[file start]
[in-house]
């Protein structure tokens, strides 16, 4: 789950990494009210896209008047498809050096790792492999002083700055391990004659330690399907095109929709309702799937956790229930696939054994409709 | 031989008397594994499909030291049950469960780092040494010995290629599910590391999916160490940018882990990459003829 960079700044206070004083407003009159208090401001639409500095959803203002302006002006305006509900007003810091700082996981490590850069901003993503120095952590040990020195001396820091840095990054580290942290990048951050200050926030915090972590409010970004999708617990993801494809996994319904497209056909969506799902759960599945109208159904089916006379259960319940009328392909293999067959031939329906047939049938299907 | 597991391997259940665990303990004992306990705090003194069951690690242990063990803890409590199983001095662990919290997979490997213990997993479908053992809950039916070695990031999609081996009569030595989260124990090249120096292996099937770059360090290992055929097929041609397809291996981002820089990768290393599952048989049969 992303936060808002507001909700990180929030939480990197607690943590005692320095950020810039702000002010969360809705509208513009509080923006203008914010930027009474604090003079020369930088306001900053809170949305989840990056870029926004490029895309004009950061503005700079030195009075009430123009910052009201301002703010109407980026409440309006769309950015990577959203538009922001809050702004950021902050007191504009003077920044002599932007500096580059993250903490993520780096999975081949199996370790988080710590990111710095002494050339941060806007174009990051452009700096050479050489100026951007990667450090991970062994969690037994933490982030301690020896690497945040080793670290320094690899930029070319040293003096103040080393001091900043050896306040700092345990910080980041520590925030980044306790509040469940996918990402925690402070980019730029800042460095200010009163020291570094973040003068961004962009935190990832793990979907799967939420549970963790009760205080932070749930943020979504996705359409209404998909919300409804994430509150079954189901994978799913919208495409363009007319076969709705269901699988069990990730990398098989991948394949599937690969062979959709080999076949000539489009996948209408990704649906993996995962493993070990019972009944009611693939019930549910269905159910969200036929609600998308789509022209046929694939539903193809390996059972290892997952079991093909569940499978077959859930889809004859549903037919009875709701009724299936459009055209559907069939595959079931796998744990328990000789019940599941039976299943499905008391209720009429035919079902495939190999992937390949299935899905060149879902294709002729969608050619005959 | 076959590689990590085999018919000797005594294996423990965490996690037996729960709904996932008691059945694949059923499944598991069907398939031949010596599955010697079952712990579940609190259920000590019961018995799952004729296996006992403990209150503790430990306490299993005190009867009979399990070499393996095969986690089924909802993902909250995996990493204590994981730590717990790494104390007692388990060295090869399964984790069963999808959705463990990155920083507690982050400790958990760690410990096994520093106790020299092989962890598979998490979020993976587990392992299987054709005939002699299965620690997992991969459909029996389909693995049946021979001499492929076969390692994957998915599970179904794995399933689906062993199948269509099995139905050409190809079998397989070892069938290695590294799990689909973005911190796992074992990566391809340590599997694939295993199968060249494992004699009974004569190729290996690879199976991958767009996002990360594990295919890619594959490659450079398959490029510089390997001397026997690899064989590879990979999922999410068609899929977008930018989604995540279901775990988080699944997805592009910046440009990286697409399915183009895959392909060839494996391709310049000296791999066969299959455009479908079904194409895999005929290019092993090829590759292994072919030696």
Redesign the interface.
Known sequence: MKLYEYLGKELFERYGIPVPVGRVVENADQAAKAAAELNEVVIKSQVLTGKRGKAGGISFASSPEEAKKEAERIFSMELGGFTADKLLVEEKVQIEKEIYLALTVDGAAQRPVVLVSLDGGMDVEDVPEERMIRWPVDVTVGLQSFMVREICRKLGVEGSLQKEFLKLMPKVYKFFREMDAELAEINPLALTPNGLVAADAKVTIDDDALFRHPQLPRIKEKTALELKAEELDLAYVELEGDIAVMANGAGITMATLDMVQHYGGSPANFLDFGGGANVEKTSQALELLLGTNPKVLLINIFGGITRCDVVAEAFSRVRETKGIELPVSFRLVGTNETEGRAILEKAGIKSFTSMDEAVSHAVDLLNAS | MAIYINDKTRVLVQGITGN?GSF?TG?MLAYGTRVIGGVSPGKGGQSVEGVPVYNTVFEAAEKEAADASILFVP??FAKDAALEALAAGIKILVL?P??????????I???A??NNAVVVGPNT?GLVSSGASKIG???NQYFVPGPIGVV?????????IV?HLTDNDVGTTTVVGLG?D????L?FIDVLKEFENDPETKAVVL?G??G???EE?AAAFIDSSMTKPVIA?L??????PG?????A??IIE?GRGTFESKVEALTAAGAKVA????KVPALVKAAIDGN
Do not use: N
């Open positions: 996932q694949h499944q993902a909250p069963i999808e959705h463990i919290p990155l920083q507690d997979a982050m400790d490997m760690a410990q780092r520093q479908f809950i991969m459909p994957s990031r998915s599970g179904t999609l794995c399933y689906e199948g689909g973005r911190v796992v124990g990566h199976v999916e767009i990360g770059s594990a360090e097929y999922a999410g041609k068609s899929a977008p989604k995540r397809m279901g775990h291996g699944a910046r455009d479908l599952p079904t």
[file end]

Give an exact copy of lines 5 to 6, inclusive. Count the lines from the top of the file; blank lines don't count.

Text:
Do not use: N
């Open positions: 996932q694949h499944q993902a909250p069963i999808e959705h463990i919290p990155l920083q507690d997979a982050m400790d490997m760690a410990q780092r520093q479908f809950i991969m459909p994957s990031r998915s599970g179904t999609l794995c399933y689906e199948g689909g973005r911190v796992v124990g990566h199976v999916e767009i990360g770059s594990a360090e097929y999922a999410g041609k068609s899929a977008p989604k995540r397809m279901g775990h291996g699944a910046r455009d479908l599952p079904t």